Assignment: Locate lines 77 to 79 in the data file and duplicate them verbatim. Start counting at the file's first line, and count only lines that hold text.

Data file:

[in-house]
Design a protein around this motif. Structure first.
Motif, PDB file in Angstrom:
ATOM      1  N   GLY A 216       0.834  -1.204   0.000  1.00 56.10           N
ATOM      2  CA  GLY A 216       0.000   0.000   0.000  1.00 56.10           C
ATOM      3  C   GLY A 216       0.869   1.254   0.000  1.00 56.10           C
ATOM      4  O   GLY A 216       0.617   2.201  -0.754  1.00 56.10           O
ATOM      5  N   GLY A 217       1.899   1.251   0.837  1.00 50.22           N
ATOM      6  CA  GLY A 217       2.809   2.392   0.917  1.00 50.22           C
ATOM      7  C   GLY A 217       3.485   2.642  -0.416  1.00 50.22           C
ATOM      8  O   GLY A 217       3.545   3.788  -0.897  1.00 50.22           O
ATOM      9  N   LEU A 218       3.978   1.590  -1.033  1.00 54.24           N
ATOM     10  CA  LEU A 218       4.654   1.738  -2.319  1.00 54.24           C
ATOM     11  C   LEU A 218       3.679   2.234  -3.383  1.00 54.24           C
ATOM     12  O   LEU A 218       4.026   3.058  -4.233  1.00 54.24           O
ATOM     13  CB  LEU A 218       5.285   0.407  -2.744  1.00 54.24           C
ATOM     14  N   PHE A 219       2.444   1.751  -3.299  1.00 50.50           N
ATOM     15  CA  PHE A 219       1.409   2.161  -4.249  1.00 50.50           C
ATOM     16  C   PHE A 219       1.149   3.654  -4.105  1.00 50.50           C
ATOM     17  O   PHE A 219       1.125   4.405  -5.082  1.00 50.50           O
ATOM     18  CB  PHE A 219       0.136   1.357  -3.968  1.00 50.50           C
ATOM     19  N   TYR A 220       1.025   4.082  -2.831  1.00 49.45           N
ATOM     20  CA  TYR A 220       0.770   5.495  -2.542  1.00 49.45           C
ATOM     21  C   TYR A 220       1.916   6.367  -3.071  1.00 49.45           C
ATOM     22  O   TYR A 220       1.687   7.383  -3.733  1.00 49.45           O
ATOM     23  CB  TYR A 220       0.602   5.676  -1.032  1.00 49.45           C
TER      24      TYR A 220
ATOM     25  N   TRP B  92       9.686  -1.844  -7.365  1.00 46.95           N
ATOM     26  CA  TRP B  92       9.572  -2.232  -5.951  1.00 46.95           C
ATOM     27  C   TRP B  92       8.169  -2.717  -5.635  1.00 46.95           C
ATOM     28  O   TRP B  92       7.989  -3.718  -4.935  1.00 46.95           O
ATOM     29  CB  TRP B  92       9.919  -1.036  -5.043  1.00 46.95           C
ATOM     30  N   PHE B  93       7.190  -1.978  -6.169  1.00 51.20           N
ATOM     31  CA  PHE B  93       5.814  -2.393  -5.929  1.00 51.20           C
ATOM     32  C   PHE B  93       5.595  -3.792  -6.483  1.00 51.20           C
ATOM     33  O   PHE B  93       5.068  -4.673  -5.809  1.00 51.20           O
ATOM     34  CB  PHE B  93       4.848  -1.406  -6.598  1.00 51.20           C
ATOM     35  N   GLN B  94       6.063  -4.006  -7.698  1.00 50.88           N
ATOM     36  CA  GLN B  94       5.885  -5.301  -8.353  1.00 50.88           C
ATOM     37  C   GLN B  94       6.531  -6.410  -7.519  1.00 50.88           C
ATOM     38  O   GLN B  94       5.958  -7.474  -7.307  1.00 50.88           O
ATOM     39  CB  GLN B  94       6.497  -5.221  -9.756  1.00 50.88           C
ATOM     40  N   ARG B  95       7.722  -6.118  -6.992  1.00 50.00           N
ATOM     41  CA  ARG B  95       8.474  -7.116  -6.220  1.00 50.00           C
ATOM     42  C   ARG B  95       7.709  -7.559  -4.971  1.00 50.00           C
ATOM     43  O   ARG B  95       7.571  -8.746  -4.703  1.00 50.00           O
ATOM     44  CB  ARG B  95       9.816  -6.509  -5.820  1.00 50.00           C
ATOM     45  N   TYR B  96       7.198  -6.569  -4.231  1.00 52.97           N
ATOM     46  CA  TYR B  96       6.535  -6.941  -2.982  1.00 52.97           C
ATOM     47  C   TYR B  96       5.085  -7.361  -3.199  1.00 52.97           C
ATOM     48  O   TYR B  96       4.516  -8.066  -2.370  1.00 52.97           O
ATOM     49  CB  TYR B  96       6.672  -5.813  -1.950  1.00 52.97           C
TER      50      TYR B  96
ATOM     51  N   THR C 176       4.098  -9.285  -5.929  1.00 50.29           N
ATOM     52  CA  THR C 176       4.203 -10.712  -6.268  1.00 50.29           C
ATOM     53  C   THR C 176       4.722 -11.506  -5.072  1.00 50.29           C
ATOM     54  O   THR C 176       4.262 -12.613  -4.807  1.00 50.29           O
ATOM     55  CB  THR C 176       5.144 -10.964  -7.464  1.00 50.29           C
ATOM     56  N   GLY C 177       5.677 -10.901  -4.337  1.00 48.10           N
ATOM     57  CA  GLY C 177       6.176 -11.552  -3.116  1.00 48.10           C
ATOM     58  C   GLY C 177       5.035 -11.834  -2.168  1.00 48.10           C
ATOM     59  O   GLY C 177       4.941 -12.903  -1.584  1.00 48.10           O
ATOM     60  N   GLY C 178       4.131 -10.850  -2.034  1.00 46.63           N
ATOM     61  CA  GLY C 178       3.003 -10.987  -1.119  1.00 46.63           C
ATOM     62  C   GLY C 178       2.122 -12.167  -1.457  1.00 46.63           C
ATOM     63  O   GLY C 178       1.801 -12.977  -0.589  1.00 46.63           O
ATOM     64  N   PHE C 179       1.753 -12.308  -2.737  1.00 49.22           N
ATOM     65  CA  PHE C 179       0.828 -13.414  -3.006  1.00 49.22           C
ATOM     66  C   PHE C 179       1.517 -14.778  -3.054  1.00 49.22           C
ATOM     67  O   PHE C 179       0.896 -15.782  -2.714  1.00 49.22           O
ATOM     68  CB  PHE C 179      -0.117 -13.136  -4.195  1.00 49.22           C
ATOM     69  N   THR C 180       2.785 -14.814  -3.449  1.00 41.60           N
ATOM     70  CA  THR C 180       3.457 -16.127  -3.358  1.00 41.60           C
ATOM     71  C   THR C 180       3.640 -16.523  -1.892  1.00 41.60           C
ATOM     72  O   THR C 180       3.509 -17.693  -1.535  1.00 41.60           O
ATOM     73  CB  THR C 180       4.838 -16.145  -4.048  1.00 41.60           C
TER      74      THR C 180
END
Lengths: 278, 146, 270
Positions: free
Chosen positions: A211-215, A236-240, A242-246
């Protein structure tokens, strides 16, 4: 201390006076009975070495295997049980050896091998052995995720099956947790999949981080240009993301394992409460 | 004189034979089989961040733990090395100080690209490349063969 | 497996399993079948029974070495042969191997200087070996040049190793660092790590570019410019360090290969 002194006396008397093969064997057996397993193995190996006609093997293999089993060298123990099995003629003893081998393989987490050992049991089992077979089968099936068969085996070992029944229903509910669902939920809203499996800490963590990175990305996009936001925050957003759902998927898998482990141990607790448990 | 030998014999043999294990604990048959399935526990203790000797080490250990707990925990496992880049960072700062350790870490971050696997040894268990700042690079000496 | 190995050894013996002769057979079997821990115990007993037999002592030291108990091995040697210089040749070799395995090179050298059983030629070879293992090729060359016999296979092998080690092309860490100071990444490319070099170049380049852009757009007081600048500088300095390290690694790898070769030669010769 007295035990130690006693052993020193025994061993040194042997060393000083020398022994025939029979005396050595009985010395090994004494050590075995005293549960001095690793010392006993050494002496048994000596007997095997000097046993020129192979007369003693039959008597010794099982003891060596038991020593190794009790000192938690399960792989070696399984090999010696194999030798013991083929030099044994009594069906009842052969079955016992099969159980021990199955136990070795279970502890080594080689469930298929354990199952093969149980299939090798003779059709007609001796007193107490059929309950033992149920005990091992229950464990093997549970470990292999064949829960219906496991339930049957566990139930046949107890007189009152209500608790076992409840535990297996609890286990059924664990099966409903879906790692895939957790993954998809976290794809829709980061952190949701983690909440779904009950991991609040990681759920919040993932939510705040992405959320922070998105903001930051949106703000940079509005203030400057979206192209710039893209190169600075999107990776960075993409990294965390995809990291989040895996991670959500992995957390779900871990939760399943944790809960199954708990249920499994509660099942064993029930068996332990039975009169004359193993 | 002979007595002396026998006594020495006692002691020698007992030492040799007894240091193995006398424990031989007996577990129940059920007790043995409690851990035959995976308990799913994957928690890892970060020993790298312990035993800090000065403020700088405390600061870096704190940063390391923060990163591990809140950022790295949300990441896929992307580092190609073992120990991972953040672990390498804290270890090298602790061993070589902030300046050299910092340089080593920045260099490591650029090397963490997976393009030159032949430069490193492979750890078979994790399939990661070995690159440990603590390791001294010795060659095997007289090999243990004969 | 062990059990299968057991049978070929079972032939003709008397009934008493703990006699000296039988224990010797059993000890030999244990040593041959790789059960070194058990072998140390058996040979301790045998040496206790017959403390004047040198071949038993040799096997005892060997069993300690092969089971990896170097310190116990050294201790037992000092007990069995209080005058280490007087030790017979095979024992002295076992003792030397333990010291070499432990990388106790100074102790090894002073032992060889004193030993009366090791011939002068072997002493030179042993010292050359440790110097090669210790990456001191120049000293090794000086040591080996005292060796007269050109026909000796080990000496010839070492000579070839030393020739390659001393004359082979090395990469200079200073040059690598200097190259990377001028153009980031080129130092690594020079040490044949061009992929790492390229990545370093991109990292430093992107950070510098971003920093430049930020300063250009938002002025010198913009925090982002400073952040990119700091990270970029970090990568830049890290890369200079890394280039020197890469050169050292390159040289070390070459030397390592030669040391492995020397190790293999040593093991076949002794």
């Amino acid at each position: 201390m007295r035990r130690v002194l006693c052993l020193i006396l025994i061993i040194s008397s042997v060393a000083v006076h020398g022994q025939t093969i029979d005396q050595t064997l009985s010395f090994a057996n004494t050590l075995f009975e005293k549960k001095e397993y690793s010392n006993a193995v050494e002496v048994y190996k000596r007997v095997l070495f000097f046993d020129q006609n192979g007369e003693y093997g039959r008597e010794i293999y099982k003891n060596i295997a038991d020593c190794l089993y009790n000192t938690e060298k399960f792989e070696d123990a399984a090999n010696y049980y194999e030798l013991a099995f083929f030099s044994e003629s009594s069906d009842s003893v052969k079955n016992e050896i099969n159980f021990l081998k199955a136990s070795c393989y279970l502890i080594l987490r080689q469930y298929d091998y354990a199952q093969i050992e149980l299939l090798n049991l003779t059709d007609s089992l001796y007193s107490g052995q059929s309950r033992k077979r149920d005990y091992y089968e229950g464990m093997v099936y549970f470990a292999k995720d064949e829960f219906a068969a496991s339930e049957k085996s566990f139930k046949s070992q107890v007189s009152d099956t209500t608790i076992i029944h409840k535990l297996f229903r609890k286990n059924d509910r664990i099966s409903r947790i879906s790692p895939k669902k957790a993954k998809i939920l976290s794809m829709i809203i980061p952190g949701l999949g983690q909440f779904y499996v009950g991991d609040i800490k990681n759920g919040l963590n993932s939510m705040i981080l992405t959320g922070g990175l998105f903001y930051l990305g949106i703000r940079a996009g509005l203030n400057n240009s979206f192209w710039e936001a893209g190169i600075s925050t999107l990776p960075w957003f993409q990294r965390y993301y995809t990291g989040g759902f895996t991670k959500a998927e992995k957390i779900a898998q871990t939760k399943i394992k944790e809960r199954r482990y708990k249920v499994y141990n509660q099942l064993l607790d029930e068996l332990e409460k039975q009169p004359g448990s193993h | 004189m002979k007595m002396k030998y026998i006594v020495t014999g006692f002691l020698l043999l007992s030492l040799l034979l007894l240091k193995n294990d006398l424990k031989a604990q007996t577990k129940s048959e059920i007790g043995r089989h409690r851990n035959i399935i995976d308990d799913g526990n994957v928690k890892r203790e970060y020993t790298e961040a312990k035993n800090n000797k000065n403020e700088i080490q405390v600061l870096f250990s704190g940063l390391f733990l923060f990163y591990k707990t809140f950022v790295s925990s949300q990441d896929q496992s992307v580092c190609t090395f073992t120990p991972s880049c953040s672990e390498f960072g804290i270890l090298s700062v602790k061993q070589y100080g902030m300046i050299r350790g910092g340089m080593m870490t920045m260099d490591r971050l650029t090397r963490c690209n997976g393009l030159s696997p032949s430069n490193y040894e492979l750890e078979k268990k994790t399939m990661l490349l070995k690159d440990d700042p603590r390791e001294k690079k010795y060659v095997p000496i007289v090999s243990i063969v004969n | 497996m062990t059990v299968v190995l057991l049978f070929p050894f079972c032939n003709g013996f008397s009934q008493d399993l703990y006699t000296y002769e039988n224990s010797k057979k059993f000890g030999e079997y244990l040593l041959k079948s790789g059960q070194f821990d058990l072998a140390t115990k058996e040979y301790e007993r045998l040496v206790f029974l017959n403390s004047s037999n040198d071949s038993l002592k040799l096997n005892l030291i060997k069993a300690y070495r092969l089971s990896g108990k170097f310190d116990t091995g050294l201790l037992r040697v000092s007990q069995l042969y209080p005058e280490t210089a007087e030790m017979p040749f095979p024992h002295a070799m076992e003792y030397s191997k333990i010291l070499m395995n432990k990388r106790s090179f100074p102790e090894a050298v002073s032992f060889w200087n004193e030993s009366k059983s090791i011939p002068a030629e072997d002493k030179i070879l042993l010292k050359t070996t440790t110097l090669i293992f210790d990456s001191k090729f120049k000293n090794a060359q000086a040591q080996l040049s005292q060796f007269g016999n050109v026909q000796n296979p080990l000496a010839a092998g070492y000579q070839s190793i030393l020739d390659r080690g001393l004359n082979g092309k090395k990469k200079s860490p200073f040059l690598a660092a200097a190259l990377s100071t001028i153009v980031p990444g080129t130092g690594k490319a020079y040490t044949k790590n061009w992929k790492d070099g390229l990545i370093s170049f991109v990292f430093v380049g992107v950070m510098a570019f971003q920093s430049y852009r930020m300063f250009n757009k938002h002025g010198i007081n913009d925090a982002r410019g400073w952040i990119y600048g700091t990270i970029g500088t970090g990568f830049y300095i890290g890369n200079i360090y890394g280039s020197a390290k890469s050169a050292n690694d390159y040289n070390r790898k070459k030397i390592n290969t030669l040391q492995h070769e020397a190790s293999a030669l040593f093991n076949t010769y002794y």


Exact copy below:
TER      74      THR C 180
END
Lengths: 278, 146, 270